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Parental Stress Linked to Behavioral Problems

By Mark N. Ziats on November 28, 2012


Background: Parents of children with Autism Spectrum Disorder (ASD) have high stress levels and an increased risk for psychological problems like depression and anxiety, likely due to the daily stressors associated with parenting a child with ASD.  However, little is known about stress contributors among parents who have very young children with ASD.


What’s new: A recent study published in the journal Brain and Development studied stress among parents with very young autistic children (18 – 30 months).  Ninety-six parents with children who had ASD, developmental delay, or normal development completed self-report questionnaires that measured parental stress and psychological distress.  Additionally, the parents completed surveys assessing their child’s behavior patterns and daily living skills.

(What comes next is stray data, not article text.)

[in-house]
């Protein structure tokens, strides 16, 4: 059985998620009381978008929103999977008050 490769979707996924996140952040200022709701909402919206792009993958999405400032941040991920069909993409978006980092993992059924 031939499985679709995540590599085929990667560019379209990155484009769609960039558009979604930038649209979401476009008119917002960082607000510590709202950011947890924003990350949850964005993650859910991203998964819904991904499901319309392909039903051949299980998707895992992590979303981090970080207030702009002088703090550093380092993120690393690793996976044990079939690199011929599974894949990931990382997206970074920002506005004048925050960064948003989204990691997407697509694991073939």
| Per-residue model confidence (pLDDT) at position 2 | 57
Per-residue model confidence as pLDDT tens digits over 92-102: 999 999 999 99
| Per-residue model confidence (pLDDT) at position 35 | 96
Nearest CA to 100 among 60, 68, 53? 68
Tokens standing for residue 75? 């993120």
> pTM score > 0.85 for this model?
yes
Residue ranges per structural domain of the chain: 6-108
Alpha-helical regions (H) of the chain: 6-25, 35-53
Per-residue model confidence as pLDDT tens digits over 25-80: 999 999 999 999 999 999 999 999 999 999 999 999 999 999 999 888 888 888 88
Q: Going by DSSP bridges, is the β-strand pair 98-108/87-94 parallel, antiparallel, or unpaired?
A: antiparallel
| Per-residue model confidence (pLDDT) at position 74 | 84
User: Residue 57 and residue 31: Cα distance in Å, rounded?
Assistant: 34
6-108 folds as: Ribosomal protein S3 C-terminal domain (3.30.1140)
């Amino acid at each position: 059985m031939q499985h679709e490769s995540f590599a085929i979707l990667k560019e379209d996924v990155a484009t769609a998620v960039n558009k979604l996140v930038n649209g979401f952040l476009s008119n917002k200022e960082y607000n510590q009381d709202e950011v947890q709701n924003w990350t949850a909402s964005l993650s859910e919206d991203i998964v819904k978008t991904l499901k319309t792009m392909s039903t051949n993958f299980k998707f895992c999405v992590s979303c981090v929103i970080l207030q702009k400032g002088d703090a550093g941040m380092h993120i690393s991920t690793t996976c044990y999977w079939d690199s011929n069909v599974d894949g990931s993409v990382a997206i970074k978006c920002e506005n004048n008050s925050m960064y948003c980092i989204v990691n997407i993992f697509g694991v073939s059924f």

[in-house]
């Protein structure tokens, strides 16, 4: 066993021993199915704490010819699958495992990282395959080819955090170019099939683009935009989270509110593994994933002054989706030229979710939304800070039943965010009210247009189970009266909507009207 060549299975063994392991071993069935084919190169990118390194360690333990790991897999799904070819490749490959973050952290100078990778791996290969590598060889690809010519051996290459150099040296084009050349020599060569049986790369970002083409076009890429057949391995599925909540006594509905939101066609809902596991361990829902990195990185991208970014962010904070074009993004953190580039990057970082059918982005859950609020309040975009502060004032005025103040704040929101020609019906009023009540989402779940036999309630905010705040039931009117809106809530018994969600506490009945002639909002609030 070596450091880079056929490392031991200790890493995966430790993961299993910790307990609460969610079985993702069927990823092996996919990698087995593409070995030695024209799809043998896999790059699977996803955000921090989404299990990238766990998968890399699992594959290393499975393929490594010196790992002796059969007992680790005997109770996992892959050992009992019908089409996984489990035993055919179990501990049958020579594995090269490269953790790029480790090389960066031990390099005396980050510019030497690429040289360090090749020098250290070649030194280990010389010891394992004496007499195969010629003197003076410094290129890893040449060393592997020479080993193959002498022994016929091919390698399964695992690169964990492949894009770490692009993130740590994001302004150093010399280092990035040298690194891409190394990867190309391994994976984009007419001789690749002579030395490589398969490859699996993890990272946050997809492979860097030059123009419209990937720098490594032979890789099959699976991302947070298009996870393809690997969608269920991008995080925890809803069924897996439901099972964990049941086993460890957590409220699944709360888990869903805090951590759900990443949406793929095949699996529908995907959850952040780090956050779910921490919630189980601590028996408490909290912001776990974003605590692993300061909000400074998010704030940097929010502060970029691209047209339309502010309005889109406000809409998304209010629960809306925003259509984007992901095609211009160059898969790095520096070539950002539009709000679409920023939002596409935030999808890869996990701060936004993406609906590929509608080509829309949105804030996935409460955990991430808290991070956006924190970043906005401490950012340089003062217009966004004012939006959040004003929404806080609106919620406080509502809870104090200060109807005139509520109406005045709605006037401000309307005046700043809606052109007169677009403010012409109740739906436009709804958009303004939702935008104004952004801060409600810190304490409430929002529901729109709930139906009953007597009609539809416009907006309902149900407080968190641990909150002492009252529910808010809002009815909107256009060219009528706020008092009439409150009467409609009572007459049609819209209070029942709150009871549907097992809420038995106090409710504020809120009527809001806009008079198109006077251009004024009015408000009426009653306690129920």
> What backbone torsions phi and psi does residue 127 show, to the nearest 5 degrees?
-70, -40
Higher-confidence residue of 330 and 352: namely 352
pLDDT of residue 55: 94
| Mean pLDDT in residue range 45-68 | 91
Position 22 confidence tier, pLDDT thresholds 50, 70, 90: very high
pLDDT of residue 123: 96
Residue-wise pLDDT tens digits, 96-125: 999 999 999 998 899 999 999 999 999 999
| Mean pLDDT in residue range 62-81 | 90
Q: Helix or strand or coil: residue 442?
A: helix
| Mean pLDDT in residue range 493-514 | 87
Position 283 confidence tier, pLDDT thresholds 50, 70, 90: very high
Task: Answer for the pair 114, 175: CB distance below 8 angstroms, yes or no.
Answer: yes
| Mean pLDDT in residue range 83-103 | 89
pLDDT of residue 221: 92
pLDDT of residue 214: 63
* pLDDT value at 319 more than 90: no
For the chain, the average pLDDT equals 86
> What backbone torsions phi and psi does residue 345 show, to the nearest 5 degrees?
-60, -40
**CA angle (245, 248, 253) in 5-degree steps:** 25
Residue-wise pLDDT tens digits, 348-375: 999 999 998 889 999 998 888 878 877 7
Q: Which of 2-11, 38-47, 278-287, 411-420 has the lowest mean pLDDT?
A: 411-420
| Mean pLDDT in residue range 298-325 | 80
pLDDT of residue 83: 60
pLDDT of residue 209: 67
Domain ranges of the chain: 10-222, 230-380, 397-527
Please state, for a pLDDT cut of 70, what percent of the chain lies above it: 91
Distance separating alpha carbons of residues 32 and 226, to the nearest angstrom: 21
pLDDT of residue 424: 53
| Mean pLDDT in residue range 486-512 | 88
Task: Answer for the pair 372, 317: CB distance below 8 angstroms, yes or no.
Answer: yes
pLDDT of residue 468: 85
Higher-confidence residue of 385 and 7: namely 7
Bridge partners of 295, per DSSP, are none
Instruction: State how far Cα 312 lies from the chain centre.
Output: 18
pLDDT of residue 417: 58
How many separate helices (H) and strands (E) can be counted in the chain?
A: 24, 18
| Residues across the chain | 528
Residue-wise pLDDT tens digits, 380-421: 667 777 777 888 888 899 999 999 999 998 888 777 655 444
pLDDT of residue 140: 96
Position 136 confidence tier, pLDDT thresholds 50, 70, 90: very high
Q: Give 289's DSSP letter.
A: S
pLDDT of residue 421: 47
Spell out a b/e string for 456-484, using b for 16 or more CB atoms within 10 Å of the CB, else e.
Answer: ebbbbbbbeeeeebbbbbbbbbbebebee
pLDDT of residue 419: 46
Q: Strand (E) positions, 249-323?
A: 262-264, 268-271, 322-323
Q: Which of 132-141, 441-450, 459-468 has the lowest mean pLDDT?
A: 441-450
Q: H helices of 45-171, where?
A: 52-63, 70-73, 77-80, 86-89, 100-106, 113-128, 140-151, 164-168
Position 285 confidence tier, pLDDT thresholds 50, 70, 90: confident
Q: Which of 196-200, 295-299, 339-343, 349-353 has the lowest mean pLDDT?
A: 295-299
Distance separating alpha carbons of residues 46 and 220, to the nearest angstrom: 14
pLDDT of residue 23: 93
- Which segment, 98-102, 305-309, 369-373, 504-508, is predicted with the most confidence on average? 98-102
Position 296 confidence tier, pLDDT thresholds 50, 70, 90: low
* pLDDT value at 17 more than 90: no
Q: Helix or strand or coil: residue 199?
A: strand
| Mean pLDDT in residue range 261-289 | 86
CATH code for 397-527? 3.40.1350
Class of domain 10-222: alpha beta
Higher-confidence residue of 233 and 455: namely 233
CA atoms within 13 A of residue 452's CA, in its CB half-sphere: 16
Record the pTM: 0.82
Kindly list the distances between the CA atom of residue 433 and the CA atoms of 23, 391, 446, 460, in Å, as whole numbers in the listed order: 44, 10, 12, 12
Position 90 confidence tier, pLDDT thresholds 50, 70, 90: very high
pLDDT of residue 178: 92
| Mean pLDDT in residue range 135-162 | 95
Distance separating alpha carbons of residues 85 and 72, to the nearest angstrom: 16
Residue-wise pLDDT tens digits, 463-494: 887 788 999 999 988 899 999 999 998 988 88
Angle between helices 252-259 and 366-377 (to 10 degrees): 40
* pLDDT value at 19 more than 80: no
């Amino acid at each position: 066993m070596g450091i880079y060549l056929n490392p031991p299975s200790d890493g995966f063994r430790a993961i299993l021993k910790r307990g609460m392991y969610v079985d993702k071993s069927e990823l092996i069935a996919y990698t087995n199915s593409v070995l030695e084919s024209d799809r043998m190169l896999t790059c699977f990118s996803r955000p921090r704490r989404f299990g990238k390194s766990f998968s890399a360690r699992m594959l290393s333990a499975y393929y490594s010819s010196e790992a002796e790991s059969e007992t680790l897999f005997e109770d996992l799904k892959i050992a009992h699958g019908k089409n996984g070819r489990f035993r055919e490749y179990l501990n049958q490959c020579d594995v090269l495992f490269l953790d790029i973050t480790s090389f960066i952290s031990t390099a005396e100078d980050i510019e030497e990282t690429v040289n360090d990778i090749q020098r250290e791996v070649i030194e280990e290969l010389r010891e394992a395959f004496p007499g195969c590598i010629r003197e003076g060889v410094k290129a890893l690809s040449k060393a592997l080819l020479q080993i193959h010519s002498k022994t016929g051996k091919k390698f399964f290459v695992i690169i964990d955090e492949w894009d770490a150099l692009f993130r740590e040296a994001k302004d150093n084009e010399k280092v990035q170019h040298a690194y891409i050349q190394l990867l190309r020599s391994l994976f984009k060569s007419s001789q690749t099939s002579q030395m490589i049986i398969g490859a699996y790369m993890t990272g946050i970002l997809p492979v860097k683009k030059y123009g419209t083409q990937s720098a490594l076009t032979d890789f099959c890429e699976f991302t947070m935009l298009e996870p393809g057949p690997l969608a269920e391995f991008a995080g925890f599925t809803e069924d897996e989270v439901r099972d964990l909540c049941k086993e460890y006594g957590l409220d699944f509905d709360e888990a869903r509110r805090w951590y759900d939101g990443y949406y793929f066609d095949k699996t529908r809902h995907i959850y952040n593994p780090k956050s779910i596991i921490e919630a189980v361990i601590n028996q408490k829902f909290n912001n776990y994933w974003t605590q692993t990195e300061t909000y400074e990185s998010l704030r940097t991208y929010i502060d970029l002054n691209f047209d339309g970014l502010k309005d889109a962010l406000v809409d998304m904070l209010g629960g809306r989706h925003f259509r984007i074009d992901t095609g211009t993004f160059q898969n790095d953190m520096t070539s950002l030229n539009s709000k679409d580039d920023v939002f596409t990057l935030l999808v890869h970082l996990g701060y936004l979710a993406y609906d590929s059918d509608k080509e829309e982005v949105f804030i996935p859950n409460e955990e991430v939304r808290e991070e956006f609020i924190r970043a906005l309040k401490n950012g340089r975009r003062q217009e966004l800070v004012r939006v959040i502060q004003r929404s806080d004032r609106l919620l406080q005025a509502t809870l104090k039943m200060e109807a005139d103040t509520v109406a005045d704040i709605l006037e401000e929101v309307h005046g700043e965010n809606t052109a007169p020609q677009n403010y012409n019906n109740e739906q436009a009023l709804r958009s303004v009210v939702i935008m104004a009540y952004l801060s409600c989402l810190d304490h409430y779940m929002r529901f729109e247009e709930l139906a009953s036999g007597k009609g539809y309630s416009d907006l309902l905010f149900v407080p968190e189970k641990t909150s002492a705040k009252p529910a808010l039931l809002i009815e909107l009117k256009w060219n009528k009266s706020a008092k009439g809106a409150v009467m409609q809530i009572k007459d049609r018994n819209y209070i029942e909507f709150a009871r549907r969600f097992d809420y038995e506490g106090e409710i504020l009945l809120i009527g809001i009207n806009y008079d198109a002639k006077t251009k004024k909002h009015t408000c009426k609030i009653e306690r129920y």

The results showed that mothers of young children with ASD had significantly higher stress than other mothers, but no difference in psychological distress. According to the study, a mother’s stress is more linked to a child’s behavioral problems, rather than daily living skills, at this age group. This association held true for parents raising young children with autism as well as those caring for children with developmental delay.


Why it’s important: Parental stress is significant in mothers of children with ASD, and this research shows that stress is prevalent even when the child is a toddler.  This study suggests that strategies to manage and reduce behavioral problems in young children with ASD may help decrease parental stress.

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